New Equity Prospectus Regime to be Phased In Starting January 1, 2020


Financial Services Ordinance Published by the Federal Council

Today, the Swiss Federal Council announced that it will enact the new regime governing Swiss prospectuses (including equity prospectuses) effective January 1, 2020. Certain elements of the new regime will apply with immediate effect, certain others only after a transition period expiring no earlier than October 1, 2020. The new regime is embedded in the Financial Services Act of June 15, 2018 (FinSA) and the Financial Services Ordinance (FinSO), the final text of which has been published today.

To a large degree modeled after the EU prospectus regime, the FinSA and FinSO introduce a number of new requirements for issuers in the Swiss equity capital markets (ECM) space. The regime will, however, also be relevant for offerings of shares without a listing and for secondary share offerings. A variety of exemptions and passporting rules give room for flexibility.

I. Cornerstone Elements of the New Prospectus Regime


The new regime governing equity prospectuses comprises the Financial Services Act of June 15, 2018 (the FinSA) and the Financial Services Ordinance of November 6, 2019 (the FinSO), including Annex 1 thereto setting out the required prospectus contents. The FinSA and the FinSO will come into effect in parallel on January 1, 2020.

The new prospectus regime applies in connection with (i) the public offering in Switzerland, and/or (ii) the admission to trading on a Swiss trading venue of any shares or other financial instruments. This bulletin focuses on equity securities. For the ramifications of today’s announcement in other fields of our practice, please refer to our separate publications on our website.

The term «public offering» encompasses both primary and as a primer in the Swiss regime secondary offerings, as well as combinations of each. However, in the case of a secondary-only offering, the duties under the new regime apply to the selling shareholder but not to the issuer.

Ex-ante approval and publication

As a rule, the FinSA and the FinSO require that an equity prospectus be approved prior to the relevant offering being conducted or the relevant equity securities being admitted to trading, as the case may be – i.e., on an ex-ante basis – by a so-called review body, an authority licensed and supervised by the Swiss Financial Market Supervisory Authority FINMA (the FINMA). The FINMA is currently expected to license two review bodies, one affiliated with SIX Swiss Exchange, the other one with BX Swiss, over the course of the first quarter of 2020.

Once approved by the review body, an equity prospectus is valid and good to be used for a period of twelve months.

Following its approval by the review body, but prior to the launch of the relevant public offering or admission to trading, the equity prospectus needs to be published. The FinSA explicitly caters for electronic-only publication of an equity prospectus, so long as a printed copy is available upon request. In the case of an IPO, the new regime introduces a minimal offer period of six business days following publication.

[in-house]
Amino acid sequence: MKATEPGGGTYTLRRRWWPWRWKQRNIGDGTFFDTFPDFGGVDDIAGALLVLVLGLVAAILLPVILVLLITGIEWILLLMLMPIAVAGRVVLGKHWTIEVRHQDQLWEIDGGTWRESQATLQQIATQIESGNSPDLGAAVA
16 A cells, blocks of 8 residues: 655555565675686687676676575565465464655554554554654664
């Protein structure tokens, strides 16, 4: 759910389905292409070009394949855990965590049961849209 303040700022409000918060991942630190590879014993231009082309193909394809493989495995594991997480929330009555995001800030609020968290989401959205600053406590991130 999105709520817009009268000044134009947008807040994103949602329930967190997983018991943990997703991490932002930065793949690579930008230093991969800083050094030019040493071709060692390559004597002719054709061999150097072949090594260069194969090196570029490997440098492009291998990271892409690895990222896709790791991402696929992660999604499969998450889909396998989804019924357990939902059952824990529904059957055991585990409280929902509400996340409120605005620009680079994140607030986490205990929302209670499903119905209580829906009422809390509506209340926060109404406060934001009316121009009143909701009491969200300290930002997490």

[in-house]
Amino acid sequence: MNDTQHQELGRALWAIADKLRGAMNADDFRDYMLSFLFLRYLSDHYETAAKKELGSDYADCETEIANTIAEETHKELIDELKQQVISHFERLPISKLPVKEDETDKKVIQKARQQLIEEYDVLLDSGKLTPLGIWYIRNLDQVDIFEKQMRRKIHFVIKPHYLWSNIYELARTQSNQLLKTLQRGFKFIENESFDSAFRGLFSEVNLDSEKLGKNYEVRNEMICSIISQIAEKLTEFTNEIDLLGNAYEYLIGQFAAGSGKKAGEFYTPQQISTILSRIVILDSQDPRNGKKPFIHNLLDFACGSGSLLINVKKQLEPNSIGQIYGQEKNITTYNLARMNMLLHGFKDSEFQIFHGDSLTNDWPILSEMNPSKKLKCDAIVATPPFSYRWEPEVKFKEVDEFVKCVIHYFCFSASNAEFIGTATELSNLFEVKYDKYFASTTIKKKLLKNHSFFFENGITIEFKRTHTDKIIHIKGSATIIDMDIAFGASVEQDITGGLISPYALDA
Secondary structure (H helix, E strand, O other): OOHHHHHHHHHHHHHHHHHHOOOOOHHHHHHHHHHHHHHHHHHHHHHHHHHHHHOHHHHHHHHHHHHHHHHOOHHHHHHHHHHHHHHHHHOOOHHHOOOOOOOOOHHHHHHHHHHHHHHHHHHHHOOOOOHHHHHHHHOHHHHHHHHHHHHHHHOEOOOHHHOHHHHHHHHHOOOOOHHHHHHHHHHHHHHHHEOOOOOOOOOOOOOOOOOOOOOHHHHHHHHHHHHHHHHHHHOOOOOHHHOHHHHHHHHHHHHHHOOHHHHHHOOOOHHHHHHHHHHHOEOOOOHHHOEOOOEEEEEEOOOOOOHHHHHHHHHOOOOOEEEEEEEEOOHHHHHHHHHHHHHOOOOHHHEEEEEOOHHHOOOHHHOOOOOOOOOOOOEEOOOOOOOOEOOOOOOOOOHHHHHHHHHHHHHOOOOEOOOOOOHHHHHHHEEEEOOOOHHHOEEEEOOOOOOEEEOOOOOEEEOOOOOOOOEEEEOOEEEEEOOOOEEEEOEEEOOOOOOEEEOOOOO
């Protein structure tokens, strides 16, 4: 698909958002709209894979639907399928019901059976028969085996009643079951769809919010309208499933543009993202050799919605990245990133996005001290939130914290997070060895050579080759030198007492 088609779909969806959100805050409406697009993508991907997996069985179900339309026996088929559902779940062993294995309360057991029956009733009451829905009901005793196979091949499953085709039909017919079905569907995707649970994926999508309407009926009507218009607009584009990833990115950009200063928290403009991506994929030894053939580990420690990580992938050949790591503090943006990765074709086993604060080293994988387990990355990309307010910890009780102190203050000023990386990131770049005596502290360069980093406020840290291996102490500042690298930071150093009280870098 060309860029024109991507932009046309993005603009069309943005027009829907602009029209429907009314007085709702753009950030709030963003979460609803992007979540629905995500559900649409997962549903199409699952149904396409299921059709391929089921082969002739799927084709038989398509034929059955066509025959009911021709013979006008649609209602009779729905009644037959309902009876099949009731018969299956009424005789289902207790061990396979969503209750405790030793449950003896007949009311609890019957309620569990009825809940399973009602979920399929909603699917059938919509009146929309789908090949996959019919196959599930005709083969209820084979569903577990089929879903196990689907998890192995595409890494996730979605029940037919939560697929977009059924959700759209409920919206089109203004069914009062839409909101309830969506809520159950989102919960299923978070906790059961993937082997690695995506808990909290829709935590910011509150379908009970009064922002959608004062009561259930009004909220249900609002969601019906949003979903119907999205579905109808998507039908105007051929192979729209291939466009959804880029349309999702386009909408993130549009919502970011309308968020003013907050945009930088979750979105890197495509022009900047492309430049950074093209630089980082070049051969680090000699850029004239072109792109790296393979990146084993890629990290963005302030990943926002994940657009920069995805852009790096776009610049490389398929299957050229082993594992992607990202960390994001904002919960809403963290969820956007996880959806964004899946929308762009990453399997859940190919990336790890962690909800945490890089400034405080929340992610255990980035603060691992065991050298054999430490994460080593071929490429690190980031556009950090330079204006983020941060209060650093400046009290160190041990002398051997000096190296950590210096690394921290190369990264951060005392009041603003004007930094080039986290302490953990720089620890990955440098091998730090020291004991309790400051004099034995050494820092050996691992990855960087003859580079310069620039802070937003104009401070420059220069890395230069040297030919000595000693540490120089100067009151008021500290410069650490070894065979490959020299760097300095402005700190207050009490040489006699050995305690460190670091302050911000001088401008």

Pursuant to the FinSO, the ex-ante approval and publication requirements set out above will apply only following a transition period expiring six months after the FINMA has licensed the first review body, but no earlier than October 1, 2020. Before that date, the existing regime continues to apply and may be relied upon for public offerings and admissions to trading.

Approval procedure and timing

Under the future regime, the approval procedure follows the principles of Swiss administrative procedure, catering for certain constitutional standards, including in particular inspection of files, the right to be heard and judicial review.

The review body’s review focuses on completeness, coherence and linguistic comprehensibility.

– Completeness implies a rule check against the equity prospectus content requirements set out in Annex 1 to the FinSO.

– Coherence means the absence of manifest inconsistencies within the document.

– Comprehensibility is currently expected to be a somewhat more lenient interpretation of the «plain English» requirement known in other jurisdictions.

Pursuant to the FinSA, the review body is generally expected to issue its decision within a review period of ten calendar days. In the case of first-time issuers, the review period is 20 calendar days.

The FinSA, however, clarifies that a prospectus is not deemed approved if the review body fails to issue its decision within the above time-frame.

To the extent the review body finds the prospectus draft submitted for approval to be deficient, the review body may reject the draft and require for the same to be re-submitted once the deficiencies have been remediated.

In practice, we do not expect the procedure to differ significantly from today’s prospectus review by SIX and BX, respectively.

Automatic approval of certain foreign prospectuses / Passporting

Foreign equity prospectuses that have been approved in accordance with the standards of certain foreign jurisdictions – to be determined and included on a list to be published by the review body from time to time – will be deemed automatically approved by the review body. Accordingly, any foreign-approved prospectus originating from a qualifying jurisdiction may immediately be used in connection with a public offering and/or admission to trading in Switzerland once it has been published and filed with the review body as required under the FinSA.

Pricing supplement